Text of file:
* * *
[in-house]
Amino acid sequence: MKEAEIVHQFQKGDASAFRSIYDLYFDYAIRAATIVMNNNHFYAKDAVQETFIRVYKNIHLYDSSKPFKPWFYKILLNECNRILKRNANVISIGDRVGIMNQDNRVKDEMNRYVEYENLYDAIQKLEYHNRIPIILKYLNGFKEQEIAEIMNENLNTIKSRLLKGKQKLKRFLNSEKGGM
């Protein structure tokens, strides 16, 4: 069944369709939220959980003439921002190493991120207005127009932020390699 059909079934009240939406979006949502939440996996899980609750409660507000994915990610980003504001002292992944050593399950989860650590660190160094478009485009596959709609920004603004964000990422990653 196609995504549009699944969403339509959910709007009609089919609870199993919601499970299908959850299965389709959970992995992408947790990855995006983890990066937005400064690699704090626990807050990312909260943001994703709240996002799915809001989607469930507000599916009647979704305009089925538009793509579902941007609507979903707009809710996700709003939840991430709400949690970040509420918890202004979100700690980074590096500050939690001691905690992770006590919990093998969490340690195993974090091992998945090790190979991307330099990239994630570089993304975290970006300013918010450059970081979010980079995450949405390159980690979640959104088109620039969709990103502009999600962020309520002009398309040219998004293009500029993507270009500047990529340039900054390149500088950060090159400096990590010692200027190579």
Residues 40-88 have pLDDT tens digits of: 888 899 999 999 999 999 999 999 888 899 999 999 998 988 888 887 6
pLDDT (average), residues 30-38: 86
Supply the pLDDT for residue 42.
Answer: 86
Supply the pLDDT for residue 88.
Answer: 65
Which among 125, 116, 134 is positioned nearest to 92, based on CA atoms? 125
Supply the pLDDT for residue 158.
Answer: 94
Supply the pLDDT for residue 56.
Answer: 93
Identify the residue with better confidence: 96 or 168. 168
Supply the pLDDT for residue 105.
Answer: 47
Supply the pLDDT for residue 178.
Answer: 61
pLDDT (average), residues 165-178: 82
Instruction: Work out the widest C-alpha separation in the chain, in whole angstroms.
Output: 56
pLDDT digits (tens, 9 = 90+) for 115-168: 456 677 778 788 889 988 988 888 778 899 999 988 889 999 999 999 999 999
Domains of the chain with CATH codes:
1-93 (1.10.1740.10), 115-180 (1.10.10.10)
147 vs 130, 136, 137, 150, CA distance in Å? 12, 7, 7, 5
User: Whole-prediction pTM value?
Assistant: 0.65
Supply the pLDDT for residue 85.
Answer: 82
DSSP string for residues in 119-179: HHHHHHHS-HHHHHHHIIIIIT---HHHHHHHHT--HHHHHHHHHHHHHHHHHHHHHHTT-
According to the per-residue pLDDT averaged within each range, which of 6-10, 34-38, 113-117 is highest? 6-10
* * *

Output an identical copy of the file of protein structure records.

[in-house]
Amino acid sequence: MKEAEIVHQFQKGDASAFRSIYDLYFDYAIRAATIVMNNNHFYAKDAVQETFIRVYKNIHLYDSSKPFKPWFYKILLNECNRILKRNANVISIGDRVGIMNQDNRVKDEMNRYVEYENLYDAIQKLEYHNRIPIILKYLNGFKEQEIAEIMNENLNTIKSRLLKGKQKLKRFLNSEKGGM
């Protein structure tokens, strides 16, 4: 069944369709939220959980003439921002190493991120207005127009932020390699 059909079934009240939406979006949502939440996996899980609750409660507000994915990610980003504001002292992944050593399950989860650590660190160094478009485009596959709609920004603004964000990422990653 196609995504549009699944969403339509959910709007009609089919609870199993919601499970299908959850299965389709959970992995992408947790990855995006983890990066937005400064690699704090626990807050990312909260943001994703709240996002799915809001989607469930507000599916009647979704305009089925538009793509579902941007609507979903707009809710996700709003939840991430709400949690970040509420918890202004979100700690980074590096500050939690001691905690992770006590919990093998969490340690195993974090091992998945090790190979991307330099990239994630570089993304975290970006300013918010450059970081979010980079995450949405390159980690979640959104088109620039969709990103502009999600962020309520002009398309040219998004293009500029993507270009500047990529340039900054390149500088950060090159400096990590010692200027190579």
Residues 40-88 have pLDDT tens digits of: 888 899 999 999 999 999 999 999 888 899 999 999 998 988 888 887 6
pLDDT (average), residues 30-38: 86
Supply the pLDDT for residue 42.
Answer: 86
Supply the pLDDT for residue 88.
Answer: 65
Which among 125, 116, 134 is positioned nearest to 92, based on CA atoms? 125
Supply the pLDDT for residue 158.
Answer: 94
Supply the pLDDT for residue 56.
Answer: 93
Identify the residue with better confidence: 96 or 168. 168
Supply the pLDDT for residue 105.
Answer: 47
Supply the pLDDT for residue 178.
Answer: 61
pLDDT (average), residues 165-178: 82
Instruction: Work out the widest C-alpha separation in the chain, in whole angstroms.
Output: 56
pLDDT digits (tens, 9 = 90+) for 115-168: 456 677 778 788 889 988 988 888 778 899 999 988 889 999 999 999 999 999
Domains of the chain with CATH codes:
1-93 (1.10.1740.10), 115-180 (1.10.10.10)
147 vs 130, 136, 137, 150, CA distance in Å? 12, 7, 7, 5
User: Whole-prediction pTM value?
Assistant: 0.65
Supply the pLDDT for residue 85.
Answer: 82
DSSP string for residues in 119-179: HHHHHHHS-HHHHHHHIIIIIT---HHHHHHHHT--HHHHHHHHHHHHHHHHHHHHHHTT-
According to the per-residue pLDDT averaged within each range, which of 6-10, 34-38, 113-117 is highest? 6-10